The old rule of 20% of the organization did the work while the other 80% were drinking my coffee applied to my agency. I liked all of them, I had moved up the industry ladder with these people, and this was not going to be easy yet it was my responsibility to help them move on to a different career. Their non-production on the job indicated to me that they were not going to change. Agency production standards were not being met, and in some instances neither were their basic financial needs.
When I presented the plan to my sales managers’ to change the environment they were not on board with my decision. We had a lengthy managers meeting off-site wherein I met with each manager and reviewed each of their agent’s records to determine if we had met all of our responsibilities in fulfilling an intra-dependant entrepreneurial relationship between the independent contractors and the agency.
I asked each manager about their goals and desires and asked them to evaluate me so I would be more effective in supporting them. There was resentment from a few managers, because in their opinion things were fine the way they were. The end result was I lost about 40% of the sales force and several managers, yet the interesting thing was production actually went up after they left.
The six months I spent rebuilding the agency paid off for everyone. Everyone was earning more money, attitudes were better and I actually spent less money on marketing because the good sales people I had hired appreciated the gift of a referral. I wanted more for my co-workers, my family and, yes, for myself.
Leadership opportunities within service organizations can be a wonderful training ground for the person who wants to develop the skills required to get people with various skill levels to voluntarily complete a project together. I admit I have a soft spot for veteran causes and artistic organizations, and where my actions are concerned, I can become myopic when volunteering for these types of causes.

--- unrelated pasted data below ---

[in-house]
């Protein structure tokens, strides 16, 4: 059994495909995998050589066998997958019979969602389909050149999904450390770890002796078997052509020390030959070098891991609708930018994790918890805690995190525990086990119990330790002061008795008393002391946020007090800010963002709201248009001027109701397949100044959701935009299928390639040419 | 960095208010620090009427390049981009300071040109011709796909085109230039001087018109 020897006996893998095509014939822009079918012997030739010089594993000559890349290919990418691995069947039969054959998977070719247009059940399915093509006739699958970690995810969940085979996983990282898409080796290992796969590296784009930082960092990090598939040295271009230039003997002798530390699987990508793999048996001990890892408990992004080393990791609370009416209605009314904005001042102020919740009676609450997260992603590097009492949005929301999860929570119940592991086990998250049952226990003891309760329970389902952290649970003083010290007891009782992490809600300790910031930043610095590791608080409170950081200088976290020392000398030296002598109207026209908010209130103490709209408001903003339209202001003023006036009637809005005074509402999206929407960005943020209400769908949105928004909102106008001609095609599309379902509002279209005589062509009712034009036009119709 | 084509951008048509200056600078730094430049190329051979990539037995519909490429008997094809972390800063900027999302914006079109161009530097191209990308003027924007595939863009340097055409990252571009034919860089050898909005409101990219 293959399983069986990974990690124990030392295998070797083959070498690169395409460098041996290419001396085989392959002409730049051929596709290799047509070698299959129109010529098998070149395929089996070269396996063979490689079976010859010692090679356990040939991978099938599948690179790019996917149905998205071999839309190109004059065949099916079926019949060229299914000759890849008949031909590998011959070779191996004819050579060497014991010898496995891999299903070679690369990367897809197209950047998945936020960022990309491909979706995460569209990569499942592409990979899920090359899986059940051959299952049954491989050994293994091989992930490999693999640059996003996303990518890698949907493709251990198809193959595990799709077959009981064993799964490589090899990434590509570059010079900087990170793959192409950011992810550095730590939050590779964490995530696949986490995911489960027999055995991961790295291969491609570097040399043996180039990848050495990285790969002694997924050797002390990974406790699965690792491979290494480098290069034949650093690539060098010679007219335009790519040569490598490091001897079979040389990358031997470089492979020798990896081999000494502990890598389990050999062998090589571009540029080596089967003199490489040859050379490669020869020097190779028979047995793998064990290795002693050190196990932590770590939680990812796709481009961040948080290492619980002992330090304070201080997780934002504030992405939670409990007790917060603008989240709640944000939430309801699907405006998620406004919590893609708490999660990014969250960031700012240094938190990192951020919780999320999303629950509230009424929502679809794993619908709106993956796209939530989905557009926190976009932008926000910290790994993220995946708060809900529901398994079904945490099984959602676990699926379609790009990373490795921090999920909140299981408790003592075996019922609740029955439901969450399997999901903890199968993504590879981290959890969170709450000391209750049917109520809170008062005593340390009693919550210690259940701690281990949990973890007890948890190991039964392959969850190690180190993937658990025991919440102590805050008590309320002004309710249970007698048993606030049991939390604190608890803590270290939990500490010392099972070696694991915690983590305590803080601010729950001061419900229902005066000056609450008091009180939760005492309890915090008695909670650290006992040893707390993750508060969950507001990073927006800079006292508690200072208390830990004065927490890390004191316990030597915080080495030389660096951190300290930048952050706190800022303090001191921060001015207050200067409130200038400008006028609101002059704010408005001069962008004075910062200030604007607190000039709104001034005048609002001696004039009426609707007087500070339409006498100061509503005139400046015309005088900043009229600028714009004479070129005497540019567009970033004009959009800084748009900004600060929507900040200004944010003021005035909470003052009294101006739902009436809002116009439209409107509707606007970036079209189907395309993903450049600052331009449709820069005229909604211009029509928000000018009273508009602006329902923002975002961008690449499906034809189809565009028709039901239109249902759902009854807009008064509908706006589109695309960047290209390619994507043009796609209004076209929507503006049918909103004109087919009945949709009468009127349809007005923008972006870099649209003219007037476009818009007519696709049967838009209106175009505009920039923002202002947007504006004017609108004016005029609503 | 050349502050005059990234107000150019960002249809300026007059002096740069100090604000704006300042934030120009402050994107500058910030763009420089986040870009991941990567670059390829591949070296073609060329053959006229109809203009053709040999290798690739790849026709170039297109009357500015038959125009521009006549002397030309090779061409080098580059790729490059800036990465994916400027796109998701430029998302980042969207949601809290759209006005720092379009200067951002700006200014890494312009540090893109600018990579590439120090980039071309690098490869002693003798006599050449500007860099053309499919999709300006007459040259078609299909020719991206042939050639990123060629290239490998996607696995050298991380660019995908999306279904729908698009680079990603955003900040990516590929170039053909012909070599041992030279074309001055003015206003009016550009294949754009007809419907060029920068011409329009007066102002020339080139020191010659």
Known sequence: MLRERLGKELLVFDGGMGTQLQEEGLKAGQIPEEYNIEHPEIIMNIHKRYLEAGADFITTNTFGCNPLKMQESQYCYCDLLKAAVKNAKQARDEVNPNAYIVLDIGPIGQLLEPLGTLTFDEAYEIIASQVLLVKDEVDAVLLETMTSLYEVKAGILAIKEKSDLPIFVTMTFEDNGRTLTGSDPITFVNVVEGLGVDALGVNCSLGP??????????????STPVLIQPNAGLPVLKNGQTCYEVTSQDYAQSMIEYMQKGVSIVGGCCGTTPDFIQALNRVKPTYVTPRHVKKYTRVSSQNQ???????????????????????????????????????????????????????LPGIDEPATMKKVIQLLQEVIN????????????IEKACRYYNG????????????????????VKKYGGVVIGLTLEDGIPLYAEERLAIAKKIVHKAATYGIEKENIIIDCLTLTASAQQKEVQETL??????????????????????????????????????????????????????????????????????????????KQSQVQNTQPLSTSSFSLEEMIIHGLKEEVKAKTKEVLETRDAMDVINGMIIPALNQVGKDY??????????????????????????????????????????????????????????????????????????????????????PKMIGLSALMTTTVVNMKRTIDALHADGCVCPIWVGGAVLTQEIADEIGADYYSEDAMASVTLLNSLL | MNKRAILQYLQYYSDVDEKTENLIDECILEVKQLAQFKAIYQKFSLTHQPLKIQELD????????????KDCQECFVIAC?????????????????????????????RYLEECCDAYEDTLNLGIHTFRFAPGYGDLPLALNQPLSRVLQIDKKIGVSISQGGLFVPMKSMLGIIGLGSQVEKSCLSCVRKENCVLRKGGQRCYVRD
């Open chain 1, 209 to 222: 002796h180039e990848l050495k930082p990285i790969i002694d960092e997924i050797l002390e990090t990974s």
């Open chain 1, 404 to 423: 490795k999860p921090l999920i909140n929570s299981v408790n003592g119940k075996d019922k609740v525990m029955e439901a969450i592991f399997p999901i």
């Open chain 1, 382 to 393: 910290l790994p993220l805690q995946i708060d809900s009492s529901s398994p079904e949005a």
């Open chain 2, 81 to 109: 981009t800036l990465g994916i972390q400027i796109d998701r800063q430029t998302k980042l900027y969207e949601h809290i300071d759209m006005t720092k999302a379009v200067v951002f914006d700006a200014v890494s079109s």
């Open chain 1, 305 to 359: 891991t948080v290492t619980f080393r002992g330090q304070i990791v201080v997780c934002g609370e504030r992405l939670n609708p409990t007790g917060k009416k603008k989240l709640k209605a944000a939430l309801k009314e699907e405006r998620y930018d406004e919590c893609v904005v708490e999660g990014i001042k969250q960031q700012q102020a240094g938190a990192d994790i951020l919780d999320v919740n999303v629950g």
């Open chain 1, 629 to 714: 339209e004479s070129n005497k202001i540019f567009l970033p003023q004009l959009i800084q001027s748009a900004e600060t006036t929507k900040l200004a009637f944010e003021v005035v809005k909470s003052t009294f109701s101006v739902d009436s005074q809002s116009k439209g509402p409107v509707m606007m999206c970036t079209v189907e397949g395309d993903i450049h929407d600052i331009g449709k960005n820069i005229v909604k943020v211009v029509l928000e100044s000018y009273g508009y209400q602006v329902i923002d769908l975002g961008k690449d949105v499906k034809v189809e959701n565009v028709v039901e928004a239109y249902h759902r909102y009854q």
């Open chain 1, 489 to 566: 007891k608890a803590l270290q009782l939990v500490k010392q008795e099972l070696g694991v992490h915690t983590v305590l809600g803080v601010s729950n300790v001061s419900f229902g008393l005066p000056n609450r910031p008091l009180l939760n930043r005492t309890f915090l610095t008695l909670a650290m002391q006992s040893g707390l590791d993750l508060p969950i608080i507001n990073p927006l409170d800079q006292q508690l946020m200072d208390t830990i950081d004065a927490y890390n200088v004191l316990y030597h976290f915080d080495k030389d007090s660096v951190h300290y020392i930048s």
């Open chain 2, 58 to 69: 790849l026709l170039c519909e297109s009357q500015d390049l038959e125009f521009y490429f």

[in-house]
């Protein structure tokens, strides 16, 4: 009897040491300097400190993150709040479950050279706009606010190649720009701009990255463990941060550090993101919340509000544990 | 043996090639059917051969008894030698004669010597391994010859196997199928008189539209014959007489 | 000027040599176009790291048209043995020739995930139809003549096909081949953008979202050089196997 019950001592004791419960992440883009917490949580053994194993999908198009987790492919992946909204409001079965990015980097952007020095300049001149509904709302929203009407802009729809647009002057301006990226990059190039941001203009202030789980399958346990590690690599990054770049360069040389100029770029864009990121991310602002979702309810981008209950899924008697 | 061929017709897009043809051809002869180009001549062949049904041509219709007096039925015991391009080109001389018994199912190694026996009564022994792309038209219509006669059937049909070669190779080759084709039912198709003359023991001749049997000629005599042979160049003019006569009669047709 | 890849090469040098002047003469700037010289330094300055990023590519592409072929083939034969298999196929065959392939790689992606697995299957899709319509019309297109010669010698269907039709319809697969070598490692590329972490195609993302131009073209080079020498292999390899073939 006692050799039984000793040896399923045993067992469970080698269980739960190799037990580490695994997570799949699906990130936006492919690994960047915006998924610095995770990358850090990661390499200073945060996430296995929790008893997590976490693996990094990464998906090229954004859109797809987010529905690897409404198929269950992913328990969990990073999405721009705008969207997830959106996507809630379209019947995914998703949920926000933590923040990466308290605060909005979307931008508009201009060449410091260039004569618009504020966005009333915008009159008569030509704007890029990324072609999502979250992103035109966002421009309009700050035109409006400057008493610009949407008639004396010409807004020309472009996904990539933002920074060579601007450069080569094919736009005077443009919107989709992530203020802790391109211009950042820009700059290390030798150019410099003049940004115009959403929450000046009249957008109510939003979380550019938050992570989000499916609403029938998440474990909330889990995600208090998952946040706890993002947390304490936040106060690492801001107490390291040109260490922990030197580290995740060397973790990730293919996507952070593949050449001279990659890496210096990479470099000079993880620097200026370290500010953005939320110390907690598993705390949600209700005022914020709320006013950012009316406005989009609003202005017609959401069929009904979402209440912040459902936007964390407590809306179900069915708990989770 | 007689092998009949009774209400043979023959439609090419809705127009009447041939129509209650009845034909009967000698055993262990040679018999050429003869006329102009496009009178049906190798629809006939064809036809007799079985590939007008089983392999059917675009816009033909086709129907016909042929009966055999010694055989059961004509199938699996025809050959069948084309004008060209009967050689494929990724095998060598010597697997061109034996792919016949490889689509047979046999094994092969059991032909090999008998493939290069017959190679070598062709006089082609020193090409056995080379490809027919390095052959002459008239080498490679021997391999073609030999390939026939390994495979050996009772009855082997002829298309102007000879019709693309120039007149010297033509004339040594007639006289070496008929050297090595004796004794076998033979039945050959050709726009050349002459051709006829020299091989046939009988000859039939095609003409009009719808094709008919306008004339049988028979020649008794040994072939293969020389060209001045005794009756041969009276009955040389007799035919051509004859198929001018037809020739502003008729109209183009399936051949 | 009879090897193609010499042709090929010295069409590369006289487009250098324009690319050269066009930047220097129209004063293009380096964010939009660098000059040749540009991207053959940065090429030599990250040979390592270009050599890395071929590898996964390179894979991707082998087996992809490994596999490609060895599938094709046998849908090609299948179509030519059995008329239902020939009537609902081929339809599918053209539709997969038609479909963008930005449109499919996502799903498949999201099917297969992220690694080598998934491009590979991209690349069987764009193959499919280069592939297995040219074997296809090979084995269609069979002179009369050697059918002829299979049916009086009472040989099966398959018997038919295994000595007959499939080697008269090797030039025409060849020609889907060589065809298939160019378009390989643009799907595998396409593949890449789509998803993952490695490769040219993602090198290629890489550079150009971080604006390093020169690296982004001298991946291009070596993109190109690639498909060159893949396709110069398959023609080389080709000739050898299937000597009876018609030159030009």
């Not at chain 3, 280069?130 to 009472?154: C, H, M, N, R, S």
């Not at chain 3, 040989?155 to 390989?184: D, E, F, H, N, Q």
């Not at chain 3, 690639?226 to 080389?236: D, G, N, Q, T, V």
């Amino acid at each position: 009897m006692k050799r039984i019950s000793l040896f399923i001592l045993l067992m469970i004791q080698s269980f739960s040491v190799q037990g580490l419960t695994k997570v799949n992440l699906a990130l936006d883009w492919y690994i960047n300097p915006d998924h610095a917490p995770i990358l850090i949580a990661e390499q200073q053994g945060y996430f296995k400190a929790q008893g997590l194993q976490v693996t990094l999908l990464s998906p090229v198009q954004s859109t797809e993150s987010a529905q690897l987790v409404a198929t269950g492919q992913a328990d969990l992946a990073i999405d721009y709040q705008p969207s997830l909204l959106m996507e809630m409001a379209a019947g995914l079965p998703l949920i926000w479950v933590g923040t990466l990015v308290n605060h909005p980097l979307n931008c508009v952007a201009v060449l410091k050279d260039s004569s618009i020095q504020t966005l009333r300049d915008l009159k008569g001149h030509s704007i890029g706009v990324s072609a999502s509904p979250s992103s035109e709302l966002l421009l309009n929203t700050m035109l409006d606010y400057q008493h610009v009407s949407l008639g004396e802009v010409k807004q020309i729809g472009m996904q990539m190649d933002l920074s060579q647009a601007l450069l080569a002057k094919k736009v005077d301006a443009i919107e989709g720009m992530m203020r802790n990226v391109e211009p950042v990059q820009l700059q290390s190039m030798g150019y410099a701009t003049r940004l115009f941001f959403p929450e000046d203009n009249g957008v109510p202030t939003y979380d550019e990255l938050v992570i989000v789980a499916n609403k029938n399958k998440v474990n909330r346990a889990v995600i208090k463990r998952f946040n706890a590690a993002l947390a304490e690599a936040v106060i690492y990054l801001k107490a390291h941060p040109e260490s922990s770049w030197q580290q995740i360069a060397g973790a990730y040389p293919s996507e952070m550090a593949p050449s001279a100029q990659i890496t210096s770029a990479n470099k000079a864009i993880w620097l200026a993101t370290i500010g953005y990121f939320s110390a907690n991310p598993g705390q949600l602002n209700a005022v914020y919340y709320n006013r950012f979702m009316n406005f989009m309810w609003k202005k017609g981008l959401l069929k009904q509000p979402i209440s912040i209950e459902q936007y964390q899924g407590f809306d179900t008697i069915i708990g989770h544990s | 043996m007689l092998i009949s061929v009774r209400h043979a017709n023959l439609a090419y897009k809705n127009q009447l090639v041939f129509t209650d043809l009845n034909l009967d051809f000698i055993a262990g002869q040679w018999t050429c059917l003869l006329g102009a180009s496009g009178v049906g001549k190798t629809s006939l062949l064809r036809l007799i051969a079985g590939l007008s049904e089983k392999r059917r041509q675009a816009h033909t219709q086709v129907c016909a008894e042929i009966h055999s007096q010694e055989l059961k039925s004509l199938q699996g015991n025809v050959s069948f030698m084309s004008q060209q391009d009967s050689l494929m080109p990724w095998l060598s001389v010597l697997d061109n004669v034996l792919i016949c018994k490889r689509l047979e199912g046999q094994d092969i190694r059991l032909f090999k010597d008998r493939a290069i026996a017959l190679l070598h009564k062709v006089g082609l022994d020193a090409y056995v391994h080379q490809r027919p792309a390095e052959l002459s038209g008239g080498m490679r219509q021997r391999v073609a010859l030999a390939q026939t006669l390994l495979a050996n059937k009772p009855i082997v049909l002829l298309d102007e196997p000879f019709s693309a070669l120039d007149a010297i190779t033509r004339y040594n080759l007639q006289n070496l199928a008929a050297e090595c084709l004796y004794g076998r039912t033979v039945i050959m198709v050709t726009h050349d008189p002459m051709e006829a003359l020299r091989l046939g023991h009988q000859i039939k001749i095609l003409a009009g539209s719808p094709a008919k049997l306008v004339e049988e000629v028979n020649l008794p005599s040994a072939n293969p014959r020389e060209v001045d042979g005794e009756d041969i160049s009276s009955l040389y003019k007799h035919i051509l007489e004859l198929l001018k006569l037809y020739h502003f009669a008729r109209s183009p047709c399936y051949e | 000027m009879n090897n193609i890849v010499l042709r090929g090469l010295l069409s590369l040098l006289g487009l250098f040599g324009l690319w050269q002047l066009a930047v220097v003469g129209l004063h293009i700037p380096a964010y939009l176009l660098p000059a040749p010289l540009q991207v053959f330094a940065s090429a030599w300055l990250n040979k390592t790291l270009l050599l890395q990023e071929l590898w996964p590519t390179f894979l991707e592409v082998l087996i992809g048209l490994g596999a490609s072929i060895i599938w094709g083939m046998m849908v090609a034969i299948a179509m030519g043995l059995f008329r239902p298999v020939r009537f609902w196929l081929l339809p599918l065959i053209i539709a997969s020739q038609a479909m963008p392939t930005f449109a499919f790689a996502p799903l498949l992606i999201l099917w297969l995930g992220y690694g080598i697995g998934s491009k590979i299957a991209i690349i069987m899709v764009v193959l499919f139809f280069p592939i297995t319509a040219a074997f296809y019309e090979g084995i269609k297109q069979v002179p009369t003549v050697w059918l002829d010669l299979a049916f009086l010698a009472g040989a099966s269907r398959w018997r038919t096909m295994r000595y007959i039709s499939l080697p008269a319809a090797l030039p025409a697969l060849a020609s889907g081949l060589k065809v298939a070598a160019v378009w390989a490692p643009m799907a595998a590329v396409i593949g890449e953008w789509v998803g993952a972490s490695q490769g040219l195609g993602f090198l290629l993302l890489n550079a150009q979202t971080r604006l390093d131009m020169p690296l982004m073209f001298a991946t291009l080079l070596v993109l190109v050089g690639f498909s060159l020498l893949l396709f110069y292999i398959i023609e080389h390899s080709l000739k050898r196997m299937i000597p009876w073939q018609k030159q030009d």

Remember, when you work with various groups be careful that you do not become a volunteer junky. Volunteerism is great as long as it does not take away from your ability to lead yourself to economic success.
A very wise mentor coached me to understand responsible volunteerism. He recommended that a person stay in a leadership position for a maximum of two years with any one group. He went on to say that by subscribing to this approach, you show others that the organization is bigger than your personal need for recognition. You foster fresh ideas when you involve the participation of new people. Your main objective is to help develop a competent, enthusiastic replacement for your position. The whole idea is to give back and, hopefully, you have encouraged others to step into your position.
Do not be a Jeckle and Hyde. How many times have you seen the boss/person-in-charge behave one way outside of the work environment and then assume a different identity while at work? What I am saying is do not take on a different persona while in charge because people will not want to work with you in future endeavors even if a paycheck is involved.
Behaving in a draconian manner will only alienate people. You will have high staff turn- over and incur all the related expenses of finding and training a replacement staff. Instead of focusing your energy on growing your business, you will continuously attempt to maintain your core goals and will never have the opportunity to expand your operation. You will never be able to develop people’s skills and utilize their talents in your future business ventures.